For the past 25 years of my life, I have been specializing in high-conflict divorces. Over the years, I have observed a lot of things. I have seen things that work, and things that don’t. Here is some advice for those contemplating a dissolution of marriage and some of the most common divorce mistakes I’ve seen people make.
4 Common Divorce Mistakes
1. Having Unrealistic Expectations and the Wrong Mindset
Having unrealistic expectations and the wrong mindset are the two most common divorce mistakes people can make.
There are many people that approach divorce as a battle and make decisions accordingly. While this makes divorce professionals a lot of money, rarely is it a good litigation strategy.
Divorce is hard and traumatic. If you are going through this life change you should be trying to mitigate the financial and emotional damages that occur as a result. Your divorce attorney serves a critical role here when setting expectations for your divorce process.
3. Making Decisions Without Understanding Them
Being transparent and educating my client so they are in a position to make good decisions about their divorce case is important.
It’s key to note that I do not make decisions for my clients. Instead, I offer guidance and advice. I am not the one that will be living with the consequences of those decisions.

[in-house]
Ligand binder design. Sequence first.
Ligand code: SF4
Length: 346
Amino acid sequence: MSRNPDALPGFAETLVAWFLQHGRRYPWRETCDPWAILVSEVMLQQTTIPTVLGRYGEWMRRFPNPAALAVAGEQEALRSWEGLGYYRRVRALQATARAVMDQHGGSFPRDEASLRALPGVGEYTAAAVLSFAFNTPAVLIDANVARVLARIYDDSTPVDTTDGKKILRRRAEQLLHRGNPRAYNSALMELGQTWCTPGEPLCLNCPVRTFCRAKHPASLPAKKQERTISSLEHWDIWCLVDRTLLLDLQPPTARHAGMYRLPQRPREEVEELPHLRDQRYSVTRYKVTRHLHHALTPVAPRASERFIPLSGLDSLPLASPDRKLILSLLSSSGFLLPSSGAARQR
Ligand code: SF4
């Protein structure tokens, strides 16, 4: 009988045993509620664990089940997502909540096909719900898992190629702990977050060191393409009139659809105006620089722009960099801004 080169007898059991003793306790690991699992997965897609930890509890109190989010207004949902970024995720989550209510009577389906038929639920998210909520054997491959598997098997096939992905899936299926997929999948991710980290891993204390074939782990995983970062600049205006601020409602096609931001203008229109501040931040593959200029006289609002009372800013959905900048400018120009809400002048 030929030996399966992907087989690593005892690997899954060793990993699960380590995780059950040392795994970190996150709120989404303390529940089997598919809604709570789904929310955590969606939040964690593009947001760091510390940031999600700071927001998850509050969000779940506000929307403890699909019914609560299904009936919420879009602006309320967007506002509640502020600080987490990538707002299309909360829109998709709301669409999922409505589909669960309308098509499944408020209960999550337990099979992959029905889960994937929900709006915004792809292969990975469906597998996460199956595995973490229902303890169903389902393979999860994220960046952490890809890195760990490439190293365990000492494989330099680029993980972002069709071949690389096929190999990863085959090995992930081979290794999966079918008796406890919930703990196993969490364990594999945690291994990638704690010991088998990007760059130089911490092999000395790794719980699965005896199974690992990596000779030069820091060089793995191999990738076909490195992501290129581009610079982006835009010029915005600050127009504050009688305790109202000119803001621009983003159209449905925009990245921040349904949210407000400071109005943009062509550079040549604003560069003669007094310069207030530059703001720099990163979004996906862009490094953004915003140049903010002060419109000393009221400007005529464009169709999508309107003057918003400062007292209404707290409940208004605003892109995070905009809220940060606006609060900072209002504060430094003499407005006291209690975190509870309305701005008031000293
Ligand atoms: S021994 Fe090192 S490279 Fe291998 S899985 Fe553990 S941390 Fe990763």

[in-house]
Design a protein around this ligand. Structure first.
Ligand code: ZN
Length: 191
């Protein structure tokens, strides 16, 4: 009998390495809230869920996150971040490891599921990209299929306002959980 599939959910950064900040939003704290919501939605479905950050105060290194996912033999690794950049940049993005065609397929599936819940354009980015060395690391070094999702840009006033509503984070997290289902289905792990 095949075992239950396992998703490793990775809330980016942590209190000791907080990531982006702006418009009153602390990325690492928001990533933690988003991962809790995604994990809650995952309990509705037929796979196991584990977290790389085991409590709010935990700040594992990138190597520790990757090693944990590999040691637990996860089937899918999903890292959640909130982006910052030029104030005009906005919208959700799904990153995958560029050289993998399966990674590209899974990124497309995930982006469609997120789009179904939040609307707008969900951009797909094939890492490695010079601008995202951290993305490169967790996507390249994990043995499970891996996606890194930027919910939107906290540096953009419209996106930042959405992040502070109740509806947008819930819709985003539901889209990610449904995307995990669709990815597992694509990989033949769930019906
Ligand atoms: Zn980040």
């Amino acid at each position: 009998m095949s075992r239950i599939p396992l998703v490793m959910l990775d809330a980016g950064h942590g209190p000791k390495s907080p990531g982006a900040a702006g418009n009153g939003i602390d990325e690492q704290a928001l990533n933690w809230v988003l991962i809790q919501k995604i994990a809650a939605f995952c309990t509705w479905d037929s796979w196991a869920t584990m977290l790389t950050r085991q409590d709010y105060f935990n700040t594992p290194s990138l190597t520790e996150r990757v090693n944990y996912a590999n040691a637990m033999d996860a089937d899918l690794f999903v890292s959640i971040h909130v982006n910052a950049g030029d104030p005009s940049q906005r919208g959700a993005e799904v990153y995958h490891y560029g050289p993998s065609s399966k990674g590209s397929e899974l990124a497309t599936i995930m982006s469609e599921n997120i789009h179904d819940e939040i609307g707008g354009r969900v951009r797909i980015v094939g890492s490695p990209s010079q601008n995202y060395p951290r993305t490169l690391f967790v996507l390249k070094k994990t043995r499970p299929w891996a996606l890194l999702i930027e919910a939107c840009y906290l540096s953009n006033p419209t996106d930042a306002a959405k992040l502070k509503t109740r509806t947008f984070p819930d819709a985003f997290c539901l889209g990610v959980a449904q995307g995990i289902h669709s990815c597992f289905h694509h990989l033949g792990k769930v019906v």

Any good attorney will educate their client so the client can make an informed decision. But if an attorney makes decisions for you, instead of explaining things to you and letting you make decisions, it might be a red flag you have the wrong attorney.
4. Thinking You Can Only Settle Your Divorce in Court
The two things I see people fight the most over are issues concerning children and finances. Most people can reach an accord without resorting to a judge – the stranger in the black robe.
For some reason, a divorce is a lawsuit. This automatically pits the spouses against each other, and the professionals employ zealous advocacy, meaning the professionals try and win at any expense so long as it is ethical.
I do not think this is the best framework to do this work in. Litigation is extremely expensive. I have seen people spend more money on the fight than on what they are fighting over. This leads to a phenomenon known as “charring the walls”. High conflict litigation is very much like taking a flame thrower and burning everything in sight. If the spouses have children, this makes it very difficult to co-parent after. The person making the decision, the one in the black robe (the judge), is human and makes mistakes. Most people can avoid falling into this hole, some can’t.
Two good attorneys should be able to guide their clients to a fair settlement without going to court. If not, they should seek the assistance of a qualified mediator. Sometimes there are impediments that prevent one or both parties from acting fairly.
Last Words of Advice
Above all, choose your battles wisely. Every “fight” you engage in has a cost. Don’t forget to breathe: oxygen in the brain is necessary for making good decisions.